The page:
"The Oracle of Stamboul" by Michael David Lukas
Jeff Glor talks to Michael Lukas about, "The Oracle of Stamboul," a historical novel about a girl who changes the course of the Ottoman Empire.Jeff Glor: What inspired you to write the book?
Michael Lukas: I started writing "The Oracle of Stamboul" in early 2004. At the time I was living in Tunisia, studying Arabic, applying to MFA programs, and generally trying to figure out what to do with my life. A few days after I handed in my MFA applications, the protagonist of the novel, Eleonora Cohen, came to me on a run through the outskirts of Tunis. She was hazy in that first glimpse, a slight, precocious child playing backgammon with two older men. I didn't know anything about her--where she lived or when, who these men were, why she was playing backgammon with them--but I knew as soon as she came to me that I had found the protagonist of my novel.
At first, I thought of her as a mix between Alice from "Alice in Wonderland" and Roald Dahl's Matilda. A few months later, rummaging through an antique store in Istanbul, I came across a picture of a young girl from the 1880s. When I saw this picture, everything clicked. Here was Eleonora, staring out across history with a laconic, penetrating gaze. Over the next seven years, she took on a life and character of her own. Eleonora still has elements of Alice, Matilda, and the girl in the picture, but she has since become her own person.
JG: What surprised you the most during the writing process?
ML: What surprised me most was how much of myself is in the characters, even though they live such different lives than my own. Sometimes writing can feel like that scene in "Being John Malkovich," when John Malkovich enters his own mind and finds himself in a restaurant filled with John Malkovichs saying "Malkovich, Malkovich." I guess what I am trying to say is that we can't help but imbue our characters with our own thoughts, feelings, and characteristics, whether the character is a preternaturally intelligent orphan or the Sultan of the Ottoman Empire. And that, in itself, is pretty surprising.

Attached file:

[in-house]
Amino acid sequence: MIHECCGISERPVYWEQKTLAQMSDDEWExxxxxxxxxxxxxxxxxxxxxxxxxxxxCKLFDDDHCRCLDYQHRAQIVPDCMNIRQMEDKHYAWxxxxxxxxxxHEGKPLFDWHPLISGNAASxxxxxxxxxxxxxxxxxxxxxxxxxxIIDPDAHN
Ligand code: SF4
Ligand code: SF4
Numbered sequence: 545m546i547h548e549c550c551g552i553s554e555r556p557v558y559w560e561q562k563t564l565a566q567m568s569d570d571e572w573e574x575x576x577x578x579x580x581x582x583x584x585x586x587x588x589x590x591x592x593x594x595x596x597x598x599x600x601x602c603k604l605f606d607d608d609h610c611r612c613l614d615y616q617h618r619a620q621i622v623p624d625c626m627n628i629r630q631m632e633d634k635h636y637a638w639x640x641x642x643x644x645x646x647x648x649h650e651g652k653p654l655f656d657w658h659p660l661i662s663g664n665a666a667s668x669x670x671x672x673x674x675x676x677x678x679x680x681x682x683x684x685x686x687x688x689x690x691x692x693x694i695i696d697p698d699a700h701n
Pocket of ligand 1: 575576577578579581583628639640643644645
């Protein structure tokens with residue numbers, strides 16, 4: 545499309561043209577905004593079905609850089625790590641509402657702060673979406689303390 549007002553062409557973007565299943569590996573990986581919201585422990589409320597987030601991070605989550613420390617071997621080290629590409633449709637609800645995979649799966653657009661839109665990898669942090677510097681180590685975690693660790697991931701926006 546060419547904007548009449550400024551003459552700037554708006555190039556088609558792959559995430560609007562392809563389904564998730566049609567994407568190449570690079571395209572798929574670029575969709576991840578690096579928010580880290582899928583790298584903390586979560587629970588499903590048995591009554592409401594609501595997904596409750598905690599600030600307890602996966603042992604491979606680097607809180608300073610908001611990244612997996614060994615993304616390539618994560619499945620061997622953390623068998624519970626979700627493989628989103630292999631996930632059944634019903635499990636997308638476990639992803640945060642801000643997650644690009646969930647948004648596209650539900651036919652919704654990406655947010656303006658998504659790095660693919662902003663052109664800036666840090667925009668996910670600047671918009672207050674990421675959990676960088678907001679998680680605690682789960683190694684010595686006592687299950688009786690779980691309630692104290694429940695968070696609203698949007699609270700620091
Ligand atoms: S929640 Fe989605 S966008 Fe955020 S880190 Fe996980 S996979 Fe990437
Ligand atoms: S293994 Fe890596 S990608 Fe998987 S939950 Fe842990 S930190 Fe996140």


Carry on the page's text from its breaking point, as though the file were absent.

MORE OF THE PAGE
JG: What would you be doing if you weren't a writer?
ML: I think I would probably be a fourth-grade English teacher. I've always enjoyed teaching and I'm lucky enough to be able to teach a few days a week in addition to writing. When I first started teaching writing to children -- through an afterschool program called Take My Word For It! -- I was going through a bit of a quarter-life crisis. My students' wide-eyed enthusiasm and seemingly infinite imaginations helped me to regain my sense of wonder and possibility in the world. I also love that children don't second guess their own ideas. Last semester I had students writing novels about ghost dog tooth fairies and moldy pickles trying to escape the refrigerator. And they all worked!
JG: What else are you reading right now?
ML:I'm in the midst of reading three wonderful and very different books: "The Hummingbird's Daughter" by Luis Alberto Urrea; "The Buddha in the Attic" by Julie Otsuka; and "The Line of Beauty" by Alan Hollinghurst.
JG: What's next for you?
ML: I am currently working on a novel about the Jews of Cairo. The book, which is tentatively titled "The Forty-Third Name of God," tells the story of an Egyptian Muslim family charged with guarding the Ben Ezra Synagogue and its famous Genizah (a treasure trove of medieval Jewish manuscripts found in the 19th century by Solomon Schechter). A multigenerational chronicle, this novel will tell the story of the Genizah, its discovery, and the cosmopolitan Mediterranean world it sheds light on. It is a novel about Muslim-Jewish relations, Cairo, the hidden secrets of the Kaballah, and the sometimes conflicting ties of family and religion.
For more on "The Oracle of Stamboul," visit the Harper Collins website.
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